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History of The Society of Woman Geographers
 

Four exceptional women founded SWG in 1925: Marguerite Harrison, Blair Niles, Gertrude Shelby, and Gertrude Emerson Sen. These recognized explorers wanted to bring together women who shared ambitions and interests in exploration and achievement, exchange knowledge derived from field work, and encourage women pursuing geographical exploration and research. In naming their organization the Society of Woman Geographers, the founders intended the word "geographer" in its broadest sense.

(left to right) Gertude Mathews Shelby, Marjorie Turnbull, Lucille Sinclair Douglass, Blair Niles, Delia Akeley, Grace Murphy, Gertrude Emerson Sen, Harriet Chalmers Adams. June 1932.In the Society's early years, there were still many unknown places and populations to be visited and studied, and Society members were in the vanguard of courageous explorers. Air transportation was just beginning when one of the first SWG members, Amelia Earhart, made her solo flight across the Atlantic. Margaret Mead pioneered much of modern anthropology. Mary Douglas Leakey helped discover the earliest humans at Olduvai Gorge in Africa.

With time, as communication and transportation have made the world a smaller place, and opportunities for women have expanded, there is still a place for an organization devoted to multidisciplinary intellectual exchange and support among women. Today our 500 members are connected in ways our founders could not have imagined.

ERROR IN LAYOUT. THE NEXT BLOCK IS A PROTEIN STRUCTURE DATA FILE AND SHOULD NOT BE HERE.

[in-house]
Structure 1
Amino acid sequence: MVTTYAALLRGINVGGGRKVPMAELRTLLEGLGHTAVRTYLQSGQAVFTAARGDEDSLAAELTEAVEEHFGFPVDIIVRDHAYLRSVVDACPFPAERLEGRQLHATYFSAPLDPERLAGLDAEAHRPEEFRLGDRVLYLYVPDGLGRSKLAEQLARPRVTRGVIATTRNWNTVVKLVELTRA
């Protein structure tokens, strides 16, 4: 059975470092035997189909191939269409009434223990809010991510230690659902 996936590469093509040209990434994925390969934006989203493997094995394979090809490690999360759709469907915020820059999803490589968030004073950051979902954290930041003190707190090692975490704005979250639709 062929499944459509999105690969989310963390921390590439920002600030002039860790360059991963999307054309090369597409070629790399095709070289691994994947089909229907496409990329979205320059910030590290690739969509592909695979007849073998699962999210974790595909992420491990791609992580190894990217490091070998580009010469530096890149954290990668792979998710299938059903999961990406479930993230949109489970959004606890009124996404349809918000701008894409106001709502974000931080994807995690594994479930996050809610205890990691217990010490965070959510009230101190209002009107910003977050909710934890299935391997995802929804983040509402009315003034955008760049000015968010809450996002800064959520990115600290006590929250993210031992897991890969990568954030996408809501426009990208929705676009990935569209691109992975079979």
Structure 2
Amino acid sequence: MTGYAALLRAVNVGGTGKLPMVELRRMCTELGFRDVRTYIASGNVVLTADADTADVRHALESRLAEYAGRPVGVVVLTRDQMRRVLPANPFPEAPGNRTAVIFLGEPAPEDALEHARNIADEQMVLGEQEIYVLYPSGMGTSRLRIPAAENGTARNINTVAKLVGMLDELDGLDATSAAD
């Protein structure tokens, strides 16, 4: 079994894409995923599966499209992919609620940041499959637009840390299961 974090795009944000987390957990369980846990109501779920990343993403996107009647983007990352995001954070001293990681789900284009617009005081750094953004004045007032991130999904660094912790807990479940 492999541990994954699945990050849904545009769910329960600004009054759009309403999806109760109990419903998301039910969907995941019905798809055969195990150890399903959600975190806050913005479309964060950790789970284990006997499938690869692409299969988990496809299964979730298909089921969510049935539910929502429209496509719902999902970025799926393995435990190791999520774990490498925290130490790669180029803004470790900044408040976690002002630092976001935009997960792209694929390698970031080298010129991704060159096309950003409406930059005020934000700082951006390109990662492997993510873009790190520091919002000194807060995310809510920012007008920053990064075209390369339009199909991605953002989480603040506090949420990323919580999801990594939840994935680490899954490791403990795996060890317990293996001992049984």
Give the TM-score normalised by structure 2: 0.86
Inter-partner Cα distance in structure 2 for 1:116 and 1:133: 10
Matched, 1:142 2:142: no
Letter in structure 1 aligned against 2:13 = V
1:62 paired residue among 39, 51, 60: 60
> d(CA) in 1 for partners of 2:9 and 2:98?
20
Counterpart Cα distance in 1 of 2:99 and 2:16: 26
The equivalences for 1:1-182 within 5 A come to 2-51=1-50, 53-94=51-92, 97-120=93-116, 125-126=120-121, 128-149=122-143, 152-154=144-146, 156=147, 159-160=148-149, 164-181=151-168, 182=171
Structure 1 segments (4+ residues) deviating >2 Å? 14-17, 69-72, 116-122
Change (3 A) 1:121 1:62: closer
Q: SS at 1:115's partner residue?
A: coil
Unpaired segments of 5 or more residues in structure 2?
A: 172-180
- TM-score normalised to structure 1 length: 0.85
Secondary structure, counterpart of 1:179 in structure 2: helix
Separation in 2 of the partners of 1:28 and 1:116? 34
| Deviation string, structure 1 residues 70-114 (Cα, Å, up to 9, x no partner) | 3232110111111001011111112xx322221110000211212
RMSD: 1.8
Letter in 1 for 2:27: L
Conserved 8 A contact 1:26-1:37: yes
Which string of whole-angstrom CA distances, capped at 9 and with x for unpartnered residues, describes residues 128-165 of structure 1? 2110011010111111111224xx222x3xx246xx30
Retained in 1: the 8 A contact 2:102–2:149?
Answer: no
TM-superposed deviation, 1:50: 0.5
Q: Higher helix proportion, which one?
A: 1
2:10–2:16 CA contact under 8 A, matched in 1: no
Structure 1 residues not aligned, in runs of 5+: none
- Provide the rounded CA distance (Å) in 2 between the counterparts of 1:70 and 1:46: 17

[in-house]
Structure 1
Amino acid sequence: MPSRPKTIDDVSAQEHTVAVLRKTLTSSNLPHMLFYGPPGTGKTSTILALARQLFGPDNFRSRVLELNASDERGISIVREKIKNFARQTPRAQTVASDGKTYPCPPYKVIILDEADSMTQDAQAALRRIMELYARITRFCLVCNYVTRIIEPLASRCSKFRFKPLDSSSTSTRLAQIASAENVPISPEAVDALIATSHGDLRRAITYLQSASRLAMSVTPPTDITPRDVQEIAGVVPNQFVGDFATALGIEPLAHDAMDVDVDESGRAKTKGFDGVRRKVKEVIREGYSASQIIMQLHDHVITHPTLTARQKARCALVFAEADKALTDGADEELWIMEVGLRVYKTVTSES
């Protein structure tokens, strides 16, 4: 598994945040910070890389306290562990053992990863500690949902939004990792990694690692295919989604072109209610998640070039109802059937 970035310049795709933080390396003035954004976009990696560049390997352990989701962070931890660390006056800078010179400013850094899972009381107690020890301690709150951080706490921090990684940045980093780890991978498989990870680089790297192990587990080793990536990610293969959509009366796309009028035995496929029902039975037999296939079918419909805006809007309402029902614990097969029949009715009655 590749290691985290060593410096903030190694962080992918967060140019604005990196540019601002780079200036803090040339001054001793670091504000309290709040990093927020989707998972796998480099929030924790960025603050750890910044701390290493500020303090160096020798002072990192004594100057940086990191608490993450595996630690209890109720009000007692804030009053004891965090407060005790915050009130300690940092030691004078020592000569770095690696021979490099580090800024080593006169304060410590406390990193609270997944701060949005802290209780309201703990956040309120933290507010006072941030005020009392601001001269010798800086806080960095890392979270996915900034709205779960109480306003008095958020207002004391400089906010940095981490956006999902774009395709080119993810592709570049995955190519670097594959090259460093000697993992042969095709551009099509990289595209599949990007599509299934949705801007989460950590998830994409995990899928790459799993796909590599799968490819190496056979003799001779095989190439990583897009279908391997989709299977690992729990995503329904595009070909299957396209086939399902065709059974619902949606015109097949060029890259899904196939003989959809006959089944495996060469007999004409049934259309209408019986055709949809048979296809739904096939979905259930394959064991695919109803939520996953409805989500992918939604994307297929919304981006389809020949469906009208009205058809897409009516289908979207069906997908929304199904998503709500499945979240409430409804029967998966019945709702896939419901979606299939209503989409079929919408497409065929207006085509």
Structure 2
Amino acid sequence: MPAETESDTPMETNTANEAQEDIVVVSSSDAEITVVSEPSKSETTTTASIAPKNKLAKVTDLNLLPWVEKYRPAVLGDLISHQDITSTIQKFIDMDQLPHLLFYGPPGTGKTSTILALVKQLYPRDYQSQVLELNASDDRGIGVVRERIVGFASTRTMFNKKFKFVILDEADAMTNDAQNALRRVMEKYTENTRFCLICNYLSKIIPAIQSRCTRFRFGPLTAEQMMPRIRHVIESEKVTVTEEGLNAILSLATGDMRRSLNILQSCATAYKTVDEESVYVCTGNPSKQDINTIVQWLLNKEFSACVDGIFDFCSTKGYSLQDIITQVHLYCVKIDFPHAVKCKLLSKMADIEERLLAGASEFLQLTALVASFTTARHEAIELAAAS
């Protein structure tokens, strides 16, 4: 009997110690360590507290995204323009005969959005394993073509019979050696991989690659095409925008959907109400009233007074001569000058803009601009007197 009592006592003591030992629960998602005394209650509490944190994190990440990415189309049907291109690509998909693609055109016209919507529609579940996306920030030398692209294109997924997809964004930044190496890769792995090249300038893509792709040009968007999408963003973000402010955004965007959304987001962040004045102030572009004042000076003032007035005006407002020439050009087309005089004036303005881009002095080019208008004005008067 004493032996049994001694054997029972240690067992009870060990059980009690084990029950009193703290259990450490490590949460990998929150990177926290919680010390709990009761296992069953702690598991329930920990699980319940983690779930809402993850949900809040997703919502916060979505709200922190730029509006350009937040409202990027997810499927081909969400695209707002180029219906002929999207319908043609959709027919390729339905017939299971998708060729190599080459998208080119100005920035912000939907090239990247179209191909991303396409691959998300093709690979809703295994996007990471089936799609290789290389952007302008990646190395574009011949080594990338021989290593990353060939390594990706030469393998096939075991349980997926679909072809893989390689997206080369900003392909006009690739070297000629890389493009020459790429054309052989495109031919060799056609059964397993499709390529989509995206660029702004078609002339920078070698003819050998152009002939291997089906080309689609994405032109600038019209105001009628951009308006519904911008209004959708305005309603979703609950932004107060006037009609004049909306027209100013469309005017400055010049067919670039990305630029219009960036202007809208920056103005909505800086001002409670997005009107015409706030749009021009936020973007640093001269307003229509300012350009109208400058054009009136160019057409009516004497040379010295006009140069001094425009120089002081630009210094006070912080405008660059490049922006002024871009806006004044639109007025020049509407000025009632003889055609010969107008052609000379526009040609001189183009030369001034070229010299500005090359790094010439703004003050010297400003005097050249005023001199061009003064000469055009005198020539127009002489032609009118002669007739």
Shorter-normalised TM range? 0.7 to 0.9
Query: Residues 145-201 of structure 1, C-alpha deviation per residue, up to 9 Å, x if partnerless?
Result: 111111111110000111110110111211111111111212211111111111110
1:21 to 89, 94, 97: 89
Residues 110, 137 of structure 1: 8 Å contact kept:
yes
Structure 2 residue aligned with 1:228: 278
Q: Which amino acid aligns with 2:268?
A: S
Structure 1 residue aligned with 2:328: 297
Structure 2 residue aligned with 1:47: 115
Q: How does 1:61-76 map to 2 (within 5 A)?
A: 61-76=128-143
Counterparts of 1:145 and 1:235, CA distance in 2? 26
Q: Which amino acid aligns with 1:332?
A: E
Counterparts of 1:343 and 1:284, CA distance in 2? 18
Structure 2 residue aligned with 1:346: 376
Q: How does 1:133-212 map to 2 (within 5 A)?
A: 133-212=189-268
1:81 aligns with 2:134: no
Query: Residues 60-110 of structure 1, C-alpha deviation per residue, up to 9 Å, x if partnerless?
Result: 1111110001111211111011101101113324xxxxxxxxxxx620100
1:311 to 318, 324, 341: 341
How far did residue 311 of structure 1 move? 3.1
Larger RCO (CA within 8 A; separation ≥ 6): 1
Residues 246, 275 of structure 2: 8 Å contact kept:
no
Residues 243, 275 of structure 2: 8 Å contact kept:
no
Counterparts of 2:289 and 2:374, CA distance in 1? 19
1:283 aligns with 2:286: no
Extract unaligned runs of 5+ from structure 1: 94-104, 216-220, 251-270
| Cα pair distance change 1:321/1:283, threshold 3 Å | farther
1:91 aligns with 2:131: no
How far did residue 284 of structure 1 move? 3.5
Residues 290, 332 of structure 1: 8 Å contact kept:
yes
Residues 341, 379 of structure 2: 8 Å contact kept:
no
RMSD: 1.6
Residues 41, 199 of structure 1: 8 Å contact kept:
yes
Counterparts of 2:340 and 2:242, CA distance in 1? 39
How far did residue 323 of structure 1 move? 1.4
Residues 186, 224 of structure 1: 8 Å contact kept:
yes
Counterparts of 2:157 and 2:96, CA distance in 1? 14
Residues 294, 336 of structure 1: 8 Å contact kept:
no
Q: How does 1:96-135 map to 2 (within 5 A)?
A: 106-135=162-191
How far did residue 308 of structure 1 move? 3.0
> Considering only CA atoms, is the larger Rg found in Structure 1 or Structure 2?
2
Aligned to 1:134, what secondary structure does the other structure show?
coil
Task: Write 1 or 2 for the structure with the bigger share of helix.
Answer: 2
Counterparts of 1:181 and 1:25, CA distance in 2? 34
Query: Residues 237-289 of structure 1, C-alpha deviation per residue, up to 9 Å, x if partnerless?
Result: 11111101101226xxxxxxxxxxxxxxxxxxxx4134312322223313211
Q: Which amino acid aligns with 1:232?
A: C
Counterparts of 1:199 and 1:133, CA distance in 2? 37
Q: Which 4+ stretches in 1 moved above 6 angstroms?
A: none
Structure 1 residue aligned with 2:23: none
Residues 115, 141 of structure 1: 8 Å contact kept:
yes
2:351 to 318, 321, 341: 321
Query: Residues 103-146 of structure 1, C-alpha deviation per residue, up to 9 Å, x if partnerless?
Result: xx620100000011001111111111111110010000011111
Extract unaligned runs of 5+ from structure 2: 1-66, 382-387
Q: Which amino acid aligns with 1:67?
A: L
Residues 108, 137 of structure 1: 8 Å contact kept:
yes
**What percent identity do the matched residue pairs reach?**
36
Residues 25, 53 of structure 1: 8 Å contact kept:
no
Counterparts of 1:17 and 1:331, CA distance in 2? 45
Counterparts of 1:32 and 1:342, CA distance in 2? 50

We have grown from a single group in New York to a total of five nationally, adding Washington D.C. (our headquarters), South Florida, Chicago, and The Bay Area. Each group meets several times between September and May to hear from a member or guest reporting on research or unusual travel. A growing group of At-Large members, who do not live near a group, keep in touch and are welcomed at any group meeting. We also have Members, who reside outside of the United States, currently in twenty-seven countries on five continents. Every three years we hold an international conference, the Triennial. At this meeting we may award a Gold Medal, an Outstanding Achievement Award, or a Ronne Award to members of particular distinction.

In 1931, SWG established a flag carrying program. Members have carried the flag on expeditions to the top of Kilimanjaro to Antarctica and from the depths of the ocean to outer space.

SWG has also awarded over hundreds of fellowships to women studying for advanced degrees in geography or its allied fields, as part of carrying out the vision of our founders to "further geographical work, to spread geographical knowledge, and to encourage geographical research." 

In 1991, SWG aquired a building on Capitol Hill where the Society maintains a museum and library. 

A collection of Oral Histories of notable members is also available to researchers in tape or transcript form and the Library of Congress contains the papers of past members of SWG for researchers interested in their work.

© 2018 Society of Woman Geographers
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© 2018 Society of Woman Geographers